Women in Agriculture
ECHO International Agricultre Conference 2016 Topic Summaries
From ECHO's Seed Bank: Tithonia for green manure
eBook Release: Fundamentals of Agricultural Development epublication
2016 ECHO International Agriculture Conference Topic Summaries
This article summarizes several of the plenary sessions presented at the 2016 ECHO conference in Florida. If you were unable to attend the conference, or would like to review some of the talks, many of them can be viewed on ECHOcommunity. Other 2016 presentations that appear there include "Tropical legumes for sustained cropping on marginal soils," "Silvopastoral systems in Brazil," and "Culturing beneficial microbiology for farming." Talks given in previous years are also available on the website.
Tithonia for green manure; Seed saving workshop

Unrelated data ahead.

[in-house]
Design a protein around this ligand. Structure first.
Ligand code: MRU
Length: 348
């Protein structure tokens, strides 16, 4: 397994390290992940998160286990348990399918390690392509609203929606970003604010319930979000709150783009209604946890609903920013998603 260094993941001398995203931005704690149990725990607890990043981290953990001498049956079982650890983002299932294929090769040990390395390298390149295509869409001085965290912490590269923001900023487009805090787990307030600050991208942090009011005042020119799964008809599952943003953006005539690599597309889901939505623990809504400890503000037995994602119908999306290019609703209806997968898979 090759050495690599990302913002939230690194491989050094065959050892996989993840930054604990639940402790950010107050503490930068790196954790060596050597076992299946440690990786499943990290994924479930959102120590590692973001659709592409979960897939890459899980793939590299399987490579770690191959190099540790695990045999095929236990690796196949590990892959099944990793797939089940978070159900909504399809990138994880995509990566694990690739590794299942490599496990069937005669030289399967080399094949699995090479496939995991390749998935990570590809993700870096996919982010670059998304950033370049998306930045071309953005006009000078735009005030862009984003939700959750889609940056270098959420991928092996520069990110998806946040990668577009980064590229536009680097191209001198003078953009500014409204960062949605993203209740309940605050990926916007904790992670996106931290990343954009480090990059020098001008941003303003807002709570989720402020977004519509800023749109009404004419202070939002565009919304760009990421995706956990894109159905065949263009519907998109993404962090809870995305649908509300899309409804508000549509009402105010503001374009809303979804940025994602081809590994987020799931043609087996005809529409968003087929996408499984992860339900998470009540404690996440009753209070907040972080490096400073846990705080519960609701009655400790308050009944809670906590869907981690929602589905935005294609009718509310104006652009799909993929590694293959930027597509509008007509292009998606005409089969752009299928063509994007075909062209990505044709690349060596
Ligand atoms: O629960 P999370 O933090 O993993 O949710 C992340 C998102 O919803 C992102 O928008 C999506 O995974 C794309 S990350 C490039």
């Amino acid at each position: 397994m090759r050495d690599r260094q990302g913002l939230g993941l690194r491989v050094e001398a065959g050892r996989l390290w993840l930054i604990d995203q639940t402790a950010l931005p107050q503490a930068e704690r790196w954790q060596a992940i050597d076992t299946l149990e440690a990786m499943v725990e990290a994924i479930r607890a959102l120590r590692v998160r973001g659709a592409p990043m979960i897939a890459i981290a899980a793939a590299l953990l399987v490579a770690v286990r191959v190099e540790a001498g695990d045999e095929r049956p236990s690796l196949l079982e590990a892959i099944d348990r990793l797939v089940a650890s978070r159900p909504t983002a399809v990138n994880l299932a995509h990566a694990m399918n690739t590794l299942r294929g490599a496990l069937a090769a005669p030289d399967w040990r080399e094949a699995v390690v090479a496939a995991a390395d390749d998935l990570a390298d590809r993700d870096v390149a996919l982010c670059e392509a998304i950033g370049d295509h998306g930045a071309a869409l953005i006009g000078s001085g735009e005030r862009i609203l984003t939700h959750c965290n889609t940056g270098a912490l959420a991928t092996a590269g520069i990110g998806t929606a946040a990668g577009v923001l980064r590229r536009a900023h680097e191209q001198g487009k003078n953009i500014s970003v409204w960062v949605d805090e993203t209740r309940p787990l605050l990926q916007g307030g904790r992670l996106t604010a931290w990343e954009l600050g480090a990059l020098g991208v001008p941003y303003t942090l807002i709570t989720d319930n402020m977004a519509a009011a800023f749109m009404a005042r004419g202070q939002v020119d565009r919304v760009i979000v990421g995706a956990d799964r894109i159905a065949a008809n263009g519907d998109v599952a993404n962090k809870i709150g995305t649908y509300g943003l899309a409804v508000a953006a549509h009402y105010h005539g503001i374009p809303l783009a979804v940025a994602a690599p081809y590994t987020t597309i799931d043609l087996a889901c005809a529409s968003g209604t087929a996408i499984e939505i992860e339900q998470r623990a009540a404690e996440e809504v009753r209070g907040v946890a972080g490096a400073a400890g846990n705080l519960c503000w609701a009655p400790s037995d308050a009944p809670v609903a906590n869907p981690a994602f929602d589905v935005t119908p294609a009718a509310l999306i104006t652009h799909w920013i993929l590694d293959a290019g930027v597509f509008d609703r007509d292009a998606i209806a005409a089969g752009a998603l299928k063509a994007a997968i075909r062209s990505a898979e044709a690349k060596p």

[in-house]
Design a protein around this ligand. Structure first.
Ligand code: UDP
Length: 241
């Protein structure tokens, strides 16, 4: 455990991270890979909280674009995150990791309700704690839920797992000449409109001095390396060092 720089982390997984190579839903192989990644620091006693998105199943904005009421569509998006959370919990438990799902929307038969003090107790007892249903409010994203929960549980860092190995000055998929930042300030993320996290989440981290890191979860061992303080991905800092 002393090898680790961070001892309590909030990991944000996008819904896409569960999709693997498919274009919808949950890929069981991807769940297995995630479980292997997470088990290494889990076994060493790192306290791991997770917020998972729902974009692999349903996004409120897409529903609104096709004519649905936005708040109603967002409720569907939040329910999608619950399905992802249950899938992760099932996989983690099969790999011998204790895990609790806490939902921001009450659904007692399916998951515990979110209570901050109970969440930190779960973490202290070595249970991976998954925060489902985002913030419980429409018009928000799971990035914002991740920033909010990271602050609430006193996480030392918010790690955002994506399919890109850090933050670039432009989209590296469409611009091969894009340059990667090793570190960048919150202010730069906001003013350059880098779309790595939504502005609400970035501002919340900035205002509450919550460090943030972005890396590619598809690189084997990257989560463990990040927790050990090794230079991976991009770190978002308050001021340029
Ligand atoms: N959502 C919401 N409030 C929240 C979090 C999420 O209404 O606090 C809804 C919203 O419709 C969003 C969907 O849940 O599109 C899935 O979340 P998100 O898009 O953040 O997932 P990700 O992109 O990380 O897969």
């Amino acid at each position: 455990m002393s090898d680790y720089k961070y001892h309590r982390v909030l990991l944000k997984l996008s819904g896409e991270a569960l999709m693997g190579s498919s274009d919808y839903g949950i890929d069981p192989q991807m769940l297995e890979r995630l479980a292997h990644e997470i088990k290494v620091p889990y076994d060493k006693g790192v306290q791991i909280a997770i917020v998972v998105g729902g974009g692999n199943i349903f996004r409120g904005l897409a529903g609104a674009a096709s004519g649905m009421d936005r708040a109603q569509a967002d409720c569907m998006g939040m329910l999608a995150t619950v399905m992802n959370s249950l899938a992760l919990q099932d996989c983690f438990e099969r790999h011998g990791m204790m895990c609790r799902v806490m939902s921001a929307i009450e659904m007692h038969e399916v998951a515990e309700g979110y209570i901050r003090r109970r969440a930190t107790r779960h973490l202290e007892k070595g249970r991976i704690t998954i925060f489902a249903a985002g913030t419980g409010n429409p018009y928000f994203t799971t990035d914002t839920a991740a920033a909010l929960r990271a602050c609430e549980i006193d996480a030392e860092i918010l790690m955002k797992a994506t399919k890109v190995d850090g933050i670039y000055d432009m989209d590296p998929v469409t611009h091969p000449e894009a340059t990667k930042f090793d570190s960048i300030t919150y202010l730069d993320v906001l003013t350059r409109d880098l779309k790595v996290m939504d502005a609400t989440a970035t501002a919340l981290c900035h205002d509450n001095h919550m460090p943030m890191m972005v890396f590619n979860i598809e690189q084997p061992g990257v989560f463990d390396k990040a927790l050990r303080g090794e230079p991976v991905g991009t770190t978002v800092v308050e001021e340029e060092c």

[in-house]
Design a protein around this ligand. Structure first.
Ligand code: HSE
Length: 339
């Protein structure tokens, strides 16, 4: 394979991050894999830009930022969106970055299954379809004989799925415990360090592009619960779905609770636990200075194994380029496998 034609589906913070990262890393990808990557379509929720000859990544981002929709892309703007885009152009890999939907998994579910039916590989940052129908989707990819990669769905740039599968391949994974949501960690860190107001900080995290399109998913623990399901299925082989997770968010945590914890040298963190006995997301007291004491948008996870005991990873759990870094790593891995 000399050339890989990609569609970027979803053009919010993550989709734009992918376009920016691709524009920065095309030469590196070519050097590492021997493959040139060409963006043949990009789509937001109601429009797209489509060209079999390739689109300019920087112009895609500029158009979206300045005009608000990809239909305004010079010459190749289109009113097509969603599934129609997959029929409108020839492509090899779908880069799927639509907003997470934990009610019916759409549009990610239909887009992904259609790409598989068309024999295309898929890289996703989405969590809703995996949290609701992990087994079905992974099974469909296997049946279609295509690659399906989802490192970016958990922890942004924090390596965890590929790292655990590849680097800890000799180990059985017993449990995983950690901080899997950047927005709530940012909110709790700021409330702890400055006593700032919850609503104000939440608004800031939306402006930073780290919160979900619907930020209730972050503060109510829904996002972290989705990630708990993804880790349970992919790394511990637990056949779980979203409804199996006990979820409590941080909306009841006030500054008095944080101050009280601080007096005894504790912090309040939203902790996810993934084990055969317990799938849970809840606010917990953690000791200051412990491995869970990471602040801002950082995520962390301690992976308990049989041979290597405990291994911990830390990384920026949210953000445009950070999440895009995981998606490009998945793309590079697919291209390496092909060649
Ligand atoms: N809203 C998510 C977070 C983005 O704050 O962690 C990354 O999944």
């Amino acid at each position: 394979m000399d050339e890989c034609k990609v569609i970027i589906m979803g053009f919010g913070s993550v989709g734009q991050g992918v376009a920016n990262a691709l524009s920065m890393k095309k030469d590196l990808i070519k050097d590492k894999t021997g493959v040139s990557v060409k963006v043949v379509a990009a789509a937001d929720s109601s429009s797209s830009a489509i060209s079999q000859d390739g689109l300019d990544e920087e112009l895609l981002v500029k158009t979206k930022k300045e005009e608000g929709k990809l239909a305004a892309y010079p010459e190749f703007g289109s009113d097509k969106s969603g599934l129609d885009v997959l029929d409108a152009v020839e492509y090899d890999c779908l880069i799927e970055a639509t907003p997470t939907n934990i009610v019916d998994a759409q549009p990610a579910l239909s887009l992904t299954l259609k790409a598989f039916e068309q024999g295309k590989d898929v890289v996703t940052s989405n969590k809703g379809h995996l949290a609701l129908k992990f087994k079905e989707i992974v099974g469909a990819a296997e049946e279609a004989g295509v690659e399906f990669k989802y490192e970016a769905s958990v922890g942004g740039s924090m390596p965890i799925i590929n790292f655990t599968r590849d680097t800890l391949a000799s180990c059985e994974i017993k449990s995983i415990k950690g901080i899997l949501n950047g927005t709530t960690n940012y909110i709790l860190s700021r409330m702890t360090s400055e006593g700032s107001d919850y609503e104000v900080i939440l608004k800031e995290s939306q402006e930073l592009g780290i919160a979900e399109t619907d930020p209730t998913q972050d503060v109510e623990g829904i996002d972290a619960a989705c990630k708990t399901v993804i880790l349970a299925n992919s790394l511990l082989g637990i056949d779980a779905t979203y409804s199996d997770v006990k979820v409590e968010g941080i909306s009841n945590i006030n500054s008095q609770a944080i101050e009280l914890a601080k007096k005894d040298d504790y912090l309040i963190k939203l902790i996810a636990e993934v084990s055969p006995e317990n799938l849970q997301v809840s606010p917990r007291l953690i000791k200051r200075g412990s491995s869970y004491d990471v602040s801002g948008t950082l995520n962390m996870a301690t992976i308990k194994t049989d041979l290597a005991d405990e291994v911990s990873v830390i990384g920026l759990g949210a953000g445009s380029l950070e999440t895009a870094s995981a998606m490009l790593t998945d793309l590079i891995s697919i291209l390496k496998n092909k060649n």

Tithonia (Tithonia diversifolia), also known as Mexican sunflower or tree marigold, is a perennial shrub that is native to Mexico and Central America. Often introduced for its attractive flowers, it is now found in humid and sub-humid parts of Africa, Asia, and South America. It grows on most soils, can reach 3 meters (m) in height, and is moderately resistant to drought (Heuzé et al. 2016; Orwa et al. 2009).
Women and Agriculture
Gender dynamics in relation to agriculture is a big topic, and one we have not previously written about in EDN. Yet in recent years, widespread attention has been paid to the disparity that often exists between men and women when it comes to agriculture and access to related resources. I talked to several members of ECHO’s network (who are also former interns and staff members) to get their input, based on their experiences in a wide range of cultures and communities. I hope you enjoy the unique article that resulted!
Success on a small farm depends on the family members who run it and live off what it produces. When you evaluate your agricultural programs and training, are both men and women participating in equal numbers in meetings, trainings and experiments? Who makes decisions about what and where to plant? Who does what tasks? At harvest time, how is the income used, and who decides this?